As a lotus flower is born in water, grows in water and rises out of water to stand above it unsoiled, so I, born in the world, raised in the world having overcome the world, live unsoiled by the world."— Hindu Prince Gautama Siddharta, the founder of Buddhism, 563-483 B.C.
Washing up is one of the most dreaded of kitchen chores. Many young home-leavers struggle with the washing up, and if not careful, it is too easy to do in a haphazard way, out of the correct sequence, or incompletely. With practice, washing up can become second nature, and when prepared and organised in advance, the difficulty involved can be radically minimised.
Why wash dishes?
There are two main goals in washing dishes: to clean and to sanitise. Cleaning is a primarily aesthetic goal — after washing up, you want your dishes to be free of marks, soiling, or streaks, and as presentable as possible for the next use. Sanitation is important for health, as food scraps and residue on used dishes can foster bacterial growth, and in some cases, fungal growth. Furthermore, the sharing of utensils, particularly those whose use involves the mouth and lips, can result in the transmission of disease, and washing up is essential in preventing this transmission vector. The removal of trace food residue and elimination of potentially harmful biological flora is therefore the principal intended outcome of washing up.
Secondary motivations for washing up include practical issues such as the tidiness of food preparation and service areas, maintaining a stock of dishes ready for use, and domestic issues brought about by co-habitation.
The scope of washing up should include all portable items or equipment which comes into contact with food or beverages at any point in the food preparation and service process, including articles involved in the storage, preparation, and combination of ingredients; heat-tolerant receptacles used in the various modes cooking; implements and tools used to move, mix, or change the state of food at any stage of handling; and the full variety of utensils and paraphernalia used in the service of food outside the kitchen.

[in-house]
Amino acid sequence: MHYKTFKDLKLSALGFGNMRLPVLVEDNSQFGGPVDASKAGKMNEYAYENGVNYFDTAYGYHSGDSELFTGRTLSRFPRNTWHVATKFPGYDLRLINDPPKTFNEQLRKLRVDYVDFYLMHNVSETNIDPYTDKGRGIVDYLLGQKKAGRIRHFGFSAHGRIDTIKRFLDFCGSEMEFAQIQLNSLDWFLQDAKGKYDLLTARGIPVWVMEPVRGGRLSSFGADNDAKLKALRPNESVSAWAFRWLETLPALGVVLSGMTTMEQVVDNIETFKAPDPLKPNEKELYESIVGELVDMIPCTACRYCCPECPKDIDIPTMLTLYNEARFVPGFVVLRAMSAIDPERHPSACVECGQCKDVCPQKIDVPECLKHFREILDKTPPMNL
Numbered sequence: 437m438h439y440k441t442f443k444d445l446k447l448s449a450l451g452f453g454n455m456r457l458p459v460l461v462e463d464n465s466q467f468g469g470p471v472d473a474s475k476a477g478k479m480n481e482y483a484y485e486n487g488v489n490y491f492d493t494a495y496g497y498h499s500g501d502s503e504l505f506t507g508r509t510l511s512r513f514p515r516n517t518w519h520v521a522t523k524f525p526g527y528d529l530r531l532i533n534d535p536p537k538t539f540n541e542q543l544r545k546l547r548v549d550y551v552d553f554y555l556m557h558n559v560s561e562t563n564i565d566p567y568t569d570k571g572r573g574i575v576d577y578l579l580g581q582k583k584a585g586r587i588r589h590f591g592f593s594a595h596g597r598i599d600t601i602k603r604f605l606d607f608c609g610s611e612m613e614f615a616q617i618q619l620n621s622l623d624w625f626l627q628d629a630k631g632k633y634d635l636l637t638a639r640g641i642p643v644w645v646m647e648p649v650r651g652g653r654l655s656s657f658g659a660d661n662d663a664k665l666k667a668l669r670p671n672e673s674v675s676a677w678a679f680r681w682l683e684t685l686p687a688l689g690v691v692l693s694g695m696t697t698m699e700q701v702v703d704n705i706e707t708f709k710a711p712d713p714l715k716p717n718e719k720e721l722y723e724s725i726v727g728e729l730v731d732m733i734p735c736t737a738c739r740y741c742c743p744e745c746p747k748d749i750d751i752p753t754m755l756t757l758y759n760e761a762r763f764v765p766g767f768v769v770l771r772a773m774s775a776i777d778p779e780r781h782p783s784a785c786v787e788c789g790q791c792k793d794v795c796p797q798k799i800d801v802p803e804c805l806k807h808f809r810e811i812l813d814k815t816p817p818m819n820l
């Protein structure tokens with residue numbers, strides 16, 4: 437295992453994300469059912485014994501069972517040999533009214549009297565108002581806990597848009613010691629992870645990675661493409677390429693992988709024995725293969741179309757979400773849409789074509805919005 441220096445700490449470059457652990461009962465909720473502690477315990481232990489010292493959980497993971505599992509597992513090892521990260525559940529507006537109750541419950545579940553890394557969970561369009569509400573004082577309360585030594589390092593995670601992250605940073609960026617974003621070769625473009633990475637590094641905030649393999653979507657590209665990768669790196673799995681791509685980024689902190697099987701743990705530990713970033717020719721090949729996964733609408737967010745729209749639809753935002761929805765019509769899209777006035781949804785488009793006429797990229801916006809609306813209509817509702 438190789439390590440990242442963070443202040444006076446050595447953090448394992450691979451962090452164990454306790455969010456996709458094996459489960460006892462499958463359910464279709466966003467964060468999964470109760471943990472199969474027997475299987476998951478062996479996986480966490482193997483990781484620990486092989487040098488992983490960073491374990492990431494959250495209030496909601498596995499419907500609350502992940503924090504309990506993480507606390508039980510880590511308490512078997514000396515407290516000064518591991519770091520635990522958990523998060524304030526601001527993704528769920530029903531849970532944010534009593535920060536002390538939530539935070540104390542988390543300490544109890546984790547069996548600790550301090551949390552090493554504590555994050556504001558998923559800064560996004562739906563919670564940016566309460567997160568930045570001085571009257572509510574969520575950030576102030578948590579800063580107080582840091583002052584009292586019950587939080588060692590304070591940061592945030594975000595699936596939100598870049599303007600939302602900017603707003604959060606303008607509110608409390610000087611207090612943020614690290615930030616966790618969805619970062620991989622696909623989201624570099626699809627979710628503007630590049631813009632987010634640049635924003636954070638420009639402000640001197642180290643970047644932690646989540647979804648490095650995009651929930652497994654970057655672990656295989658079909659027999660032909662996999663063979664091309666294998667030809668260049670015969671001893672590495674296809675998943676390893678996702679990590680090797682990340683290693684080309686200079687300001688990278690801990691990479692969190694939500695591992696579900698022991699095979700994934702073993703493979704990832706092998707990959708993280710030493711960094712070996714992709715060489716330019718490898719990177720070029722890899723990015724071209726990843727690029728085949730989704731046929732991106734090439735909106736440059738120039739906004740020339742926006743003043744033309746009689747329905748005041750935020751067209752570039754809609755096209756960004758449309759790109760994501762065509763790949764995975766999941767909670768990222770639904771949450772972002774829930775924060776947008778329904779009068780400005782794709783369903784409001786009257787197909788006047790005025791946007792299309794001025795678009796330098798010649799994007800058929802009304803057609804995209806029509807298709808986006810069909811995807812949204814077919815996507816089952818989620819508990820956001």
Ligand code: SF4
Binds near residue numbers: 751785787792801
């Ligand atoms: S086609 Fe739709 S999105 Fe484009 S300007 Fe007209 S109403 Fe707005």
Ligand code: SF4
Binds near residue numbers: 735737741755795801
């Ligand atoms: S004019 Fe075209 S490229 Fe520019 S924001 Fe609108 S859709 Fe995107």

There are a wide variety of terms used to describe the categories of artifacts used in food preparation and service, and confusion can arise in their use and application. The simplest, most inclusive term, of course, is dishes.
However, dishes fall into two main supercategories, tableware and kitchenware, which include most items that would typically be washed up. Broadly speaking, tableware includes anything used in the service or consumption of foods or beverages outside of the kitchen, while kitchenware includes anything used in the preparation and storage of food inside the kitchen.
Tableware, then, includes dishware, comprising flatware and hollowware. Flatware includes dinner plates, bread plates, saucers, and other such plate-like, approximately flat items, and cutlery (which, when constructed primarily of silver, carries the alternative nomenclature of silverware). Hollowware describes service receptacles such as bowls and decanters. Also included in tableware is drinkware, vesels intended for use in beverage service and consumption, such as cups, mugs, and most glassware, an overlapping category that applies to all kitchen and table items made primarily from glass, such as pyrex baking dishes or French presses.
Kitchenware is a heterogeneous category which includes cookware, the afore-mentioned heat-tolerant receptacles used in oven and stove-top situations, as well as other utensils, receptacles, dishes, and appliances related to food preparation and storage in kitchen contexts. The brand name tupperware is often used in a generic sense to refer to typically plastic-constructed, air-tight food storage containers appropriate for keeping food in a fridge, freezer, or cupboard. Most kitchen appliances, large or small, have removable portions designed for easy washing and cleaning, and where these removable parts are suitably sized and proportioned, they should be candidates for washing up, and can be correctly described as kitchenware. Notable exceptions include appliances such as toasters and electric kettles — most models of these appliances need to be cleaned separately, with caution and attention to electrical wiring.
What not to wash up
As just stated above, nothing with electrical components should be washed up, unless that item clearly states that it is designed to be washed, is not plugged in, and is allowed to thoroughly dry before reconnecting to the electricity supply.